Top Model - How to maximize knowledge synthesis of infectious animal diseases
A seminar was given on Monday 24th Sept to discuss how we can integrate infectious medicine, microbiology and modeling to synthesize knowledge. In this way, use of collected materials or materials to be collected can be maximized. As models often form the basis for policy-making, more insight into the art of modeling is useful to scientists in all fields.
The following presentations were given:
Classical Swine Fever in China: current problems, control measures and future perspectives
This seminar was given on 28th Sept 2012 and discussed the Classical swine fever virus (CSFV), one of the major problems in pig production in China. Even though the famous vaccine C-strain against CSF was invented in China 60 years ago, classical swine fever remains a major threat on animal health and welfare.
Them seminar was given by Prof. Hua-Ji Qiu, Harbin Veterinary Research Institute (HVRI), China. Prof. Qiu illustrated his findings on the vaccine and his research on development a novel marker vaccine.
Infection biology of Borrelia spirochetes
Prof. Sven Bergström is studying two diseases caused by the spirochete Borrelia: Lyme disease and relapsing fever. His research includes studying the role of migratory birds in moving infected ticks across broad geographical regions, characterizing pathogenic mechanisms, and how quiescent bacteria infections can be reactivated by subsequent infections with other pathogens including parasites.
On October 17, Prof Bergström gave a seminar with focus on microbial virulence, antigenic variation of surface antigens, function of porins, permeases and transporters in pathogenic microbes in Borrelia spp. He discussed how to use molecular and biophysical tools and animal models are used to understand the pathogenesis of these pathogens.
Annual report 2012
Inauguration of the CGD
The inauguration of the CGD took place on Nov 8, 2011, with a seminar focusing on the global importance of contagious animal diseases.
- Assistant Vice chancellor Johan Schnürer and Vice dean for research and cooperation Lotta Berg welcomed the participants and emphasized the importance of the CGD, both from a SLU and a VH faculty perspective.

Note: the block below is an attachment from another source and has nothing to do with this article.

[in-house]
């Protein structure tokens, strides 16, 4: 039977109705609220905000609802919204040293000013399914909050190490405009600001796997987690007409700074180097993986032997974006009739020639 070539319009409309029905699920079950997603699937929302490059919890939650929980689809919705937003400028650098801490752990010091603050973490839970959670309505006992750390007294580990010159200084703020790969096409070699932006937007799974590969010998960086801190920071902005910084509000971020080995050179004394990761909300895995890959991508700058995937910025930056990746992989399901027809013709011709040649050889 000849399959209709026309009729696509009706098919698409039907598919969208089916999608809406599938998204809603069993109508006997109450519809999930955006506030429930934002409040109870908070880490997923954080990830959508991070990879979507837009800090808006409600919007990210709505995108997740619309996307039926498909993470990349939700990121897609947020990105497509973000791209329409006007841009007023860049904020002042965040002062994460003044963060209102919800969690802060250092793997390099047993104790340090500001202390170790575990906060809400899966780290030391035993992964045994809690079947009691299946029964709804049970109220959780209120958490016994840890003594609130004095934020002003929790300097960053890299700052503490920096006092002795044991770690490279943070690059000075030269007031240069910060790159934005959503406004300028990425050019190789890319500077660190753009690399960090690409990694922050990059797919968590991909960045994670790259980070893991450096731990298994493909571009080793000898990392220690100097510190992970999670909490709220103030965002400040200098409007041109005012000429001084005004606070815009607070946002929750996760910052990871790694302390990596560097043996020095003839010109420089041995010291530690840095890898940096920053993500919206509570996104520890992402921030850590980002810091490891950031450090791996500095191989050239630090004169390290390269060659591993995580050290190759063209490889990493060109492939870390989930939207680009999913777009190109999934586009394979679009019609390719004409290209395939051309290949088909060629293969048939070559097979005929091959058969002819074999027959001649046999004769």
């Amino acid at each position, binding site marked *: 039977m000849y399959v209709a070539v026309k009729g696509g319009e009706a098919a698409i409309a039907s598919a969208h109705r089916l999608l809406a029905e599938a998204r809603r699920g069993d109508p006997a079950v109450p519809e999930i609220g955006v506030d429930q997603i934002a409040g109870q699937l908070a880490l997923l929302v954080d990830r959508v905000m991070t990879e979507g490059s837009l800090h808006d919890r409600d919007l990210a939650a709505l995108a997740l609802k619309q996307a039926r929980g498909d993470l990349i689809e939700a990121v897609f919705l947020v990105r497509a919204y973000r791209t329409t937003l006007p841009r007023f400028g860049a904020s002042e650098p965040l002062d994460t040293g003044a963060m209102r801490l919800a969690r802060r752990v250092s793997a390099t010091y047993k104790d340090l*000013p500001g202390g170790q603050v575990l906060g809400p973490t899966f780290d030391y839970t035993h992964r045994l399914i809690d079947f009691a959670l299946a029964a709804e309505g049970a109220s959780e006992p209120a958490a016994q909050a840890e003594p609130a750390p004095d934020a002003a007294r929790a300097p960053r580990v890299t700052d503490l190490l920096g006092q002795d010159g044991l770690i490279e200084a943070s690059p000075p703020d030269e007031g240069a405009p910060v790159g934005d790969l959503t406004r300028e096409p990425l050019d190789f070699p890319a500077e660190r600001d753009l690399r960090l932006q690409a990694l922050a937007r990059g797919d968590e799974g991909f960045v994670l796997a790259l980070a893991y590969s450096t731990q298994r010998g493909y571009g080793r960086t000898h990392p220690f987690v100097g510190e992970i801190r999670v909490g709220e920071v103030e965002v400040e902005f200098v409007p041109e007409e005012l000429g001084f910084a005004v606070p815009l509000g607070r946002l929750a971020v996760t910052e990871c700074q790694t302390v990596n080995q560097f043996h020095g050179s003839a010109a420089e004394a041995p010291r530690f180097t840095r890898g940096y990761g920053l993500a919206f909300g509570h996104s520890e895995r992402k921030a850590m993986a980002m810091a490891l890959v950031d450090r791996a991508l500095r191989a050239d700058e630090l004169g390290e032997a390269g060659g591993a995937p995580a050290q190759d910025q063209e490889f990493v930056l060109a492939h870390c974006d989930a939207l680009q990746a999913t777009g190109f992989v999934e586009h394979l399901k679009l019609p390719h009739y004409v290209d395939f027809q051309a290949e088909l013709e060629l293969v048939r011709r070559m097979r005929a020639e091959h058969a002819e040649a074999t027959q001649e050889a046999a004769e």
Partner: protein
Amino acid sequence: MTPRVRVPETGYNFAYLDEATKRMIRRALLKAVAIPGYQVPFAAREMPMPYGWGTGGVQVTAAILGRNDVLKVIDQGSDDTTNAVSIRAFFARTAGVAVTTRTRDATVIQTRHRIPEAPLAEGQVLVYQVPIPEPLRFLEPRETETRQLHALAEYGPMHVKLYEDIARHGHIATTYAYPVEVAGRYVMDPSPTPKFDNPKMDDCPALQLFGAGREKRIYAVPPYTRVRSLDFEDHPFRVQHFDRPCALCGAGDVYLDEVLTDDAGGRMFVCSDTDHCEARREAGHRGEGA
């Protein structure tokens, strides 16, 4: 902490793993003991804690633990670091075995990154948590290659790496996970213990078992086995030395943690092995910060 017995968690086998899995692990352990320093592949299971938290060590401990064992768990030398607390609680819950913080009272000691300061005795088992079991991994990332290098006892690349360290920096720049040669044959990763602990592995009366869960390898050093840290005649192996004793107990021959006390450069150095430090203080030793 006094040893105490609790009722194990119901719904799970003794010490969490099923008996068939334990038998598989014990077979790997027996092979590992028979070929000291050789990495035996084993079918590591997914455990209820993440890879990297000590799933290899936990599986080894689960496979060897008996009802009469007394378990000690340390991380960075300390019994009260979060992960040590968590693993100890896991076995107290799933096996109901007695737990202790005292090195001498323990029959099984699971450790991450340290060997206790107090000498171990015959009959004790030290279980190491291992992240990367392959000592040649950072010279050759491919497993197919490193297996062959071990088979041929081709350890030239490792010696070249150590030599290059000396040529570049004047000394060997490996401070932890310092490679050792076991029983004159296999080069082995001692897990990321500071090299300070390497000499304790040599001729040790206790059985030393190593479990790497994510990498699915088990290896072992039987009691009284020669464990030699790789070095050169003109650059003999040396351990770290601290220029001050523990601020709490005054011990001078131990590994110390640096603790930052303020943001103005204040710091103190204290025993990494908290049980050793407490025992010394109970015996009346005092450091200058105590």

- Dr. David Ward, veterinary consultant with vast experience from the FAO, was invited as the keynote speaker. He held a presentation on global brucellosis control and the importance of SLU’s research on contagious animal diseases.
- Prof. Mikael Berg presented past, present and future aspects on avian influenza
- Dr. Johanna Lindahl exhibited the importance of Japanese encephalitis virus in urban pig farming
- Prof. Richard Zeurner presented leptospirosis as a zoonotic disease of global importance
- Assoc. prof. Susanna Sternberg Lewerin finished by discussing research as a way of improving animal disease contingency.
Will Rift valley fever be the next epizootic in Europe?
This was discussed during a seminar on Nov 25, SLU.
- Dr Osama Ahmed Hassan from the Federal Ministry of Health, Sudan and Dept of Clinical Microbiology at Umeå University was invited key note speaker. He gave a talk on Rift Valley fever: from the local to global concern. Lessons learnt from the 2007 outbreak in Sudan.
This was followed by presentations on:
- Historical spred of Rift Valley Fever. Susanna Sternberg Lewerin, Assoc Prof, Dept of Biomedical Sciences and Veterinary Public Health
- Rift Valley fever virus transmission and infection mechanisms. Magnus Evander, PhD, Professor Virology, Department of Clinical Microbiology, Division of Virology, Umeå University
- Medical countermeasures against Rift Valley fever.Jonas Näslund, PhD, Department of CBRN Defence and Security, Swedish Defence Research Agency (FOI), Umeå
The seminar was organised in cooperation with The Centre for Climate Change and Animal Health, National Veterinary Institute and Infection Ecology & Epidemiology network.
International course in Control and Research of Infectious Diseases
This course was given Dec 6-13, 2011 for veterinarians from the Tajiki Agrarian University (TAU) in Tajikistan and is a component in a SLU - TAU research cooperation.